Although he did not perform upon any instrument, he was passionately fond of music, and would sometimes listen a full hour at his window to the nightingales in Richmond Gardens. Nor was his taste less exquisite in the arts of painting, sculpture, and architecture. In his travels he had seen many of the most celebrated monuments of antiquity, and the best productions of modern art; and had studied them so minutely, and with so true a judgement, that some of the descriptions in his · Liberty' place the masterpieces in a stronger light, perhaps, than if we saw the originals.

As for the more distinguishing qualities of his mind and heart, they are better represented in his writings, than they can be by the pen of any biographer. There his love of mankind, of his country, and of his friends, and his devotion to the Supreme Being, founded on the most elevated and just conceptions of his operations and providence, shine out in every page. His tenderness of heart comprehended even the brute creation; and to his fellow-mortals he was so uniformly affectionate, that he never intentionally inflicted pain by either his compositions or his conduct. His benevolence however, though fervent, was not active. He would bestow, upon all

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occasions, what his purse could supply; but offices of intervention and solicitation he was too sluggish to perform. Of such indolence his own affairs sen, sibly felt the effect : yet he could never shake it off. He was so conscious, indeed, of this part of his character, that he meditated writing an Eastern Tale, to be entitled · The Man who loved to be in Distress.'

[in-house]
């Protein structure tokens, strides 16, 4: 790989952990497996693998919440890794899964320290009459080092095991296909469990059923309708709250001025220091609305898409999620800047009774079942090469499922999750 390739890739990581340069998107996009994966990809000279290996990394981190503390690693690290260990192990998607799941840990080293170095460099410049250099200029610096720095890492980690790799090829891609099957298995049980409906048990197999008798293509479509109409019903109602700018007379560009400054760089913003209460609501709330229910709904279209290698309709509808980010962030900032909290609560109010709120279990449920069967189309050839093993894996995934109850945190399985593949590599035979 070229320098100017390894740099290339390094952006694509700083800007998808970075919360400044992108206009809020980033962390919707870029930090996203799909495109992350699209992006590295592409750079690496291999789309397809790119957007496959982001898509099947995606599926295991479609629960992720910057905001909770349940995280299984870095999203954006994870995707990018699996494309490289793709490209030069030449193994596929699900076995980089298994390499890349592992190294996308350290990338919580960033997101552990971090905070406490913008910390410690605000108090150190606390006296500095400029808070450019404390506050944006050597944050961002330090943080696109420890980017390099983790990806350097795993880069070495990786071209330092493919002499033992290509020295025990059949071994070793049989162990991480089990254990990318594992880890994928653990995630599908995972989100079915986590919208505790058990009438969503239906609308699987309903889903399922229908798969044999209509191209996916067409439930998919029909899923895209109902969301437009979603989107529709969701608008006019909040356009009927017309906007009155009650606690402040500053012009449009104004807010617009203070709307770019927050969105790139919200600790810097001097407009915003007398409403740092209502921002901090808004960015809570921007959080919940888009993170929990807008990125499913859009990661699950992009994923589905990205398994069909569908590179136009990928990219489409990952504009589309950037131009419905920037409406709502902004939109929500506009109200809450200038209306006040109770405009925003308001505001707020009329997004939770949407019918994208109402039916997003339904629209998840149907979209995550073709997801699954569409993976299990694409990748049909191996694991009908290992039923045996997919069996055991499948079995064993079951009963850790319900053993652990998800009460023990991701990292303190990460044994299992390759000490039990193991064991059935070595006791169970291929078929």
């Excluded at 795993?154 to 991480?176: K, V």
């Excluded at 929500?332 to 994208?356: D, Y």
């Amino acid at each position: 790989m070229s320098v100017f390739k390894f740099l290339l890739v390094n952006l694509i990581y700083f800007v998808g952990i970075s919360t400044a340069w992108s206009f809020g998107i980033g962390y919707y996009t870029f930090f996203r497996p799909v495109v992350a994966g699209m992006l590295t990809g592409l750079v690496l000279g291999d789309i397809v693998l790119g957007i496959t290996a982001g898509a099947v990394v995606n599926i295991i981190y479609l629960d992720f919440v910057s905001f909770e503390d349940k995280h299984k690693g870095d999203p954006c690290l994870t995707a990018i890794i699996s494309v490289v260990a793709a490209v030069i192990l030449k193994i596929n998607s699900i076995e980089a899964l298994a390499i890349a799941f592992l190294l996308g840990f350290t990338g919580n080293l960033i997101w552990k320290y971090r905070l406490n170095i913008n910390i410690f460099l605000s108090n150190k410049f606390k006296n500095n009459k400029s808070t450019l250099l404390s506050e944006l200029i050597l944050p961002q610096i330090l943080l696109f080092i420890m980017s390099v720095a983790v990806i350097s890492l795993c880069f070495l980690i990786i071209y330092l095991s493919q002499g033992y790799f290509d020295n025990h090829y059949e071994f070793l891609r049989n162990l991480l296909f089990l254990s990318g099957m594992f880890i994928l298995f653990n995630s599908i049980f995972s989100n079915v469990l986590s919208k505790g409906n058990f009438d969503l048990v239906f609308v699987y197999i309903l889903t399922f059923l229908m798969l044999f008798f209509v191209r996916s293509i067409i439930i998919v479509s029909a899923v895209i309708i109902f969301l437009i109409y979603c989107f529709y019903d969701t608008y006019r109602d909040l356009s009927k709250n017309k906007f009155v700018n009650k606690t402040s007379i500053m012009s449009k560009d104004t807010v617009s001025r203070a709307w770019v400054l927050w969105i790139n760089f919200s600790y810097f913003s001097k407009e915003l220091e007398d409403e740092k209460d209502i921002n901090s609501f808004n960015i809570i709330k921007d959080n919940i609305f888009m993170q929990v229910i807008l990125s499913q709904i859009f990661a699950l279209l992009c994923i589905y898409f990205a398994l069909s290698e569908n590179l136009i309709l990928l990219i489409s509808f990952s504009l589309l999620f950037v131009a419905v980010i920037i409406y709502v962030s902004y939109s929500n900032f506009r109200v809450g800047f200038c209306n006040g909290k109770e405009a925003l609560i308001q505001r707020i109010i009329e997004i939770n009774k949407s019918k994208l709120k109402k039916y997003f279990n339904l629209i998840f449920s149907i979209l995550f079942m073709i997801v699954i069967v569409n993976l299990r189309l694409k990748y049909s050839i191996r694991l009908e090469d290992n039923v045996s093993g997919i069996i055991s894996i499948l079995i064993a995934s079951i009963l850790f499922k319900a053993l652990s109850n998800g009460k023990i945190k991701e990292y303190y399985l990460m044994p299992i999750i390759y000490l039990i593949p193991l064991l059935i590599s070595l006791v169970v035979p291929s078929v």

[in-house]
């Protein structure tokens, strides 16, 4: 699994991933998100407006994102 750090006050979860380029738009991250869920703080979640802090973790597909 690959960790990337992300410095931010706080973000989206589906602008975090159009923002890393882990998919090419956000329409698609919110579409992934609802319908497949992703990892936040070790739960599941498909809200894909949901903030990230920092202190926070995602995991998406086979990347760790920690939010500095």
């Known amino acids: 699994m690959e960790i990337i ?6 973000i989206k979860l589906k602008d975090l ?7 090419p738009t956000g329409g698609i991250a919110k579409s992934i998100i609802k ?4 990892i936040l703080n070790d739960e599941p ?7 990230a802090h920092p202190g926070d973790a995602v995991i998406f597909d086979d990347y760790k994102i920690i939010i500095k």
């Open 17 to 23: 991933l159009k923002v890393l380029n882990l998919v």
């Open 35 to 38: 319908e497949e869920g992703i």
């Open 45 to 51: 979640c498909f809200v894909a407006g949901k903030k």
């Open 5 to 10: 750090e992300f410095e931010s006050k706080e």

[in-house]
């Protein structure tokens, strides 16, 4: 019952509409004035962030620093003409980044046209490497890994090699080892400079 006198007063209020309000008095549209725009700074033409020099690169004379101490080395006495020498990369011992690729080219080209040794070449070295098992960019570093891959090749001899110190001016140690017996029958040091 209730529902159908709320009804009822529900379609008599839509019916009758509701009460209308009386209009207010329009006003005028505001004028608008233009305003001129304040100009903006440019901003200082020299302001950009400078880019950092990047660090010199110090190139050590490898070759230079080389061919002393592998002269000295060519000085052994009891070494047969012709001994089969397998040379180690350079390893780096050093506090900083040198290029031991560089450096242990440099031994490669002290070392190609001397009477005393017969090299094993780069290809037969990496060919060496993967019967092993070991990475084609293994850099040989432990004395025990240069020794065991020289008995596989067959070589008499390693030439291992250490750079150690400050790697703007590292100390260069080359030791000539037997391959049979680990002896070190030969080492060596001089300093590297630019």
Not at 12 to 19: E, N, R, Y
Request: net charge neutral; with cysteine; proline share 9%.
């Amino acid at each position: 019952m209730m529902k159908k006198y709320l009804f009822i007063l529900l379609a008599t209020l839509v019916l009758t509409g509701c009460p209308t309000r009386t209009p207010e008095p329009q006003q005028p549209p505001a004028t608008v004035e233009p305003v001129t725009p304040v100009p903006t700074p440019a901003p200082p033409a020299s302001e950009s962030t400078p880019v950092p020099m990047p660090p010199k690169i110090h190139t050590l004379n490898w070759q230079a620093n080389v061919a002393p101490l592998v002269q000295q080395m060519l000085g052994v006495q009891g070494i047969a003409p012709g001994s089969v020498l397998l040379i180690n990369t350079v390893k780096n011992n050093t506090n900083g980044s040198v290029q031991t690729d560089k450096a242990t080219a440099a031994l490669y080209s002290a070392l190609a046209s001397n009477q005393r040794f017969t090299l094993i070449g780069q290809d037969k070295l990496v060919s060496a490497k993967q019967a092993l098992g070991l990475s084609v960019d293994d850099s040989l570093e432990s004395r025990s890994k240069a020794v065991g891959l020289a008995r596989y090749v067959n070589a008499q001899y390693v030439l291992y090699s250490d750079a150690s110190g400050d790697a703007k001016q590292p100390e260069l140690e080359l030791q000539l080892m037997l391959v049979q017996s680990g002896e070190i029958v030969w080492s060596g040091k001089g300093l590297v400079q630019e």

By Savage, if we may trust his suspicious evidence, he was represented to Johnson, as possessing little of the delicacy of sentiment diffused over his writings.' But that he was susceptible of the purest love, is evident as well from his strong attachment to his ó Amanda’ (Miss Young), as from his de scription of the effect of the tender passion in his

Spring,' and the pathetic commemoration of Miss Stanley in his . Summer:' and Savage himself always recorded the constancy of his friendship, even for those of his early acquaintance whom the advancement of his reputation had left far behind him, with the most eager and deserved praise.

Among his peculiarities was, a very inarticulate manner of reciting lofty or solemn composition. Doddington, himself a most accomplished reader, proyoked by his strange utterance, once snatched a poem out of his hand, telling him that he did not understand his own compositions. His mode of thinking, and of expressing his thoughts (says Johnson) is original. His blank verse is no more the blank verse of Milton, or of any other poet, than the rhymes of Prior are the rhymes of Cowley. His numbers, his pauses, his diction, are of his own growth; without transcription, without imitation. He thinks in a peculiar strain, and he thinks, always, as a man of genius. And blank verse seemed especially adapted to his subject, which would have been embarrassed by the frequent intersection of the sense necessarily arising out of rhyme. His diction is, in the highest degree, fluid and luxuriant, though from it's exuberance it may sometimes be charged with filling the ear more than the mind.

He took no part in literary disputes, and was therefore respected and unmolested, even by rival poets. This divine temper of mind did not fail of it's due reward. The best and greatest men of his time honoured him with their friendship and protection : their applause attended all his productions : his friends loved him with an enthusiastic ardor, and the public sincerely lamented his premature death.

His works, particularly · The Seasons,' have been frequently reprinted; and in 1762, an edition of them both in quarto and in octavo, with his last corrections and improvements, was published by the Rev. Patrick Murdoch, who prefixed an Account of his Life and Writings.

VOL. VI.